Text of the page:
CROI 2021: Islatravir dosing for once-monthly and annual PrEP: if effective this could end HIV transmission

Simon Collins, HIV i-Base

Two of the first oral abstracts at CROI reported on the next stages of one of the most important pipeline compounds for HIV prevention.

Munjal Patel from Merck/MSD presented results of PK/PD analyses that defined the islatravir exposure threshold for PrEP and the 60 mg oral once monthly dose that will be used in the upcoming phase 3 studies. [1]

This was based on intracellular triphosphate (TP) levels derived from macaque studies and phase 1 studies. In a phase 2 study, the 60 mg dose resulted in observed mean islatravir-TP that was still 26-fold higher than the minimum target PK threshold of 0.05 pmol/million cells and that levels will

A second oral presentation is the same session, presented similar results for an islatravir implant that will provide PrEP cover for a year. [2]

The technical name for this device – in case it catches on – is a “radiopaque next-generation islatravir-eluting implant”. This was a double-blind phase 1 study and 36 participants (8 active, 4 placebo per dose) at low risk of HIV either had one of three doses of an islatravir implant (48 mg, 52 mg or 56 mg) for 12 weeks or a matched placebo. This is a new formulation of islatravir implant that has a different PK and dose compared to the first dosing studies. This includes barium as a safeguard to be able to track the implant if it migrates within the body.

Islatravir-TP remained above target levels throughout and PK modelling predicted and at doses of 52 mg and above would maintain target levels for at least 52 weeks.

Tolerability was generally good. Common adverse events included haematoma, red skin, tenderness,  itching and induration, with little difference between the active and placebo groups and no dose-related adverse events.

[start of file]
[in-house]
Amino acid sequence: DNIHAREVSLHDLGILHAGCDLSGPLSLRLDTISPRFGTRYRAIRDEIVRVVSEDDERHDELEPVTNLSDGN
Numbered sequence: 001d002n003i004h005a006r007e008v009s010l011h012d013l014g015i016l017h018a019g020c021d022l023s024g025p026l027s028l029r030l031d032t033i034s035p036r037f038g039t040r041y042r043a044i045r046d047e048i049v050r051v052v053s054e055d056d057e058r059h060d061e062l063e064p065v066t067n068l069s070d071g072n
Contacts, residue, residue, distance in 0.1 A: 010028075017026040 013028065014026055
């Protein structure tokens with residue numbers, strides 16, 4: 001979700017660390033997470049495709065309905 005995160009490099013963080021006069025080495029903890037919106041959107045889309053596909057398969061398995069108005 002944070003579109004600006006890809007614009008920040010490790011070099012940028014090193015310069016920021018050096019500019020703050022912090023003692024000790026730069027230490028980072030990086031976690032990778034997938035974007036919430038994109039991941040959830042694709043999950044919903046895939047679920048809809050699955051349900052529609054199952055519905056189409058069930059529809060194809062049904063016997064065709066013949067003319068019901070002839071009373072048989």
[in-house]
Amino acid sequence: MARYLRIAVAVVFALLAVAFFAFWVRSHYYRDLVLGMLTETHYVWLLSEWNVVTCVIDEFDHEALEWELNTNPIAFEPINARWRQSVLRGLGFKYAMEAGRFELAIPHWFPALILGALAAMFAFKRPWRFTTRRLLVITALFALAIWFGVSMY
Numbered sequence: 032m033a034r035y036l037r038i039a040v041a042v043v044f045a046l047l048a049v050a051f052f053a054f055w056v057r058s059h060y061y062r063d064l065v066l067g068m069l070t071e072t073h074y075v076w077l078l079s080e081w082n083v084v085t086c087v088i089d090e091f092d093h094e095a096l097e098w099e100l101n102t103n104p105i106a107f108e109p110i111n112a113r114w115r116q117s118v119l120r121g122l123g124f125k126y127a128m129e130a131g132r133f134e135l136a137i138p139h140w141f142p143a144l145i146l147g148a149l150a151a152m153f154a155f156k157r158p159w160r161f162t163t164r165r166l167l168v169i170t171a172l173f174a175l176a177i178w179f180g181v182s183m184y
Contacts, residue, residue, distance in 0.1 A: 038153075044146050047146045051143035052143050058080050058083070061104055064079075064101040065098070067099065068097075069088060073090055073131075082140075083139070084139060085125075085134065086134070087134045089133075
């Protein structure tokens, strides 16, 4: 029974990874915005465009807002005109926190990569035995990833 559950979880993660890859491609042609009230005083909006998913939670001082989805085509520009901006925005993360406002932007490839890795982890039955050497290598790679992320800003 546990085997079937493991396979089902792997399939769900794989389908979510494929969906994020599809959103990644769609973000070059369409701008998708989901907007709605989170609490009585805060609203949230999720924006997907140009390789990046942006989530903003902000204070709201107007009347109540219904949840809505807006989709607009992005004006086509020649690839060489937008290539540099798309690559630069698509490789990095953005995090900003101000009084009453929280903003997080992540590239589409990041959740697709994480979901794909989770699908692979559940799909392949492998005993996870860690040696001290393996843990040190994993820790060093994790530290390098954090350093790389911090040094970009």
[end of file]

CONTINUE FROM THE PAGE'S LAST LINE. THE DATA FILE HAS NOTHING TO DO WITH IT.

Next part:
Larger phase 2 studies are now planned.


Although the research into islatravir for HIV prevention is still in early stages, this compound has the potential to effectively end HIV transmission.

If efficacy matches other formulations of PrEP, and there is no concern about drug resistance, these long-acting formulations need to become as accessible as aspirin including as single-dose over-the-counter. A single pill could possibly provide both PEP and PrEP cover for a month.

Islatravir PrEP could have a larger market than statins and Viagra, probably combined.

Development and regulatory decisions should understand this urgency and pricing should match affordability for global demand.


The weblink for this oral abstract session is:

  1. Patel M et al. islatravir PK threshold & dose selection for monthly oral HIV-1 PrEP. CROI 2021, 6 – 10 March 2021. Oral abstract 87.
  2. Matthews RP et al. Next-generation islatravir implants projected to provide yearly HIV prophylaxis. CROI 2021, 6 – 10 March 2021. Oral abstract 88.

This report was first posted on 8 March 2021.

Links to other websites are current at date of posting but not maintained.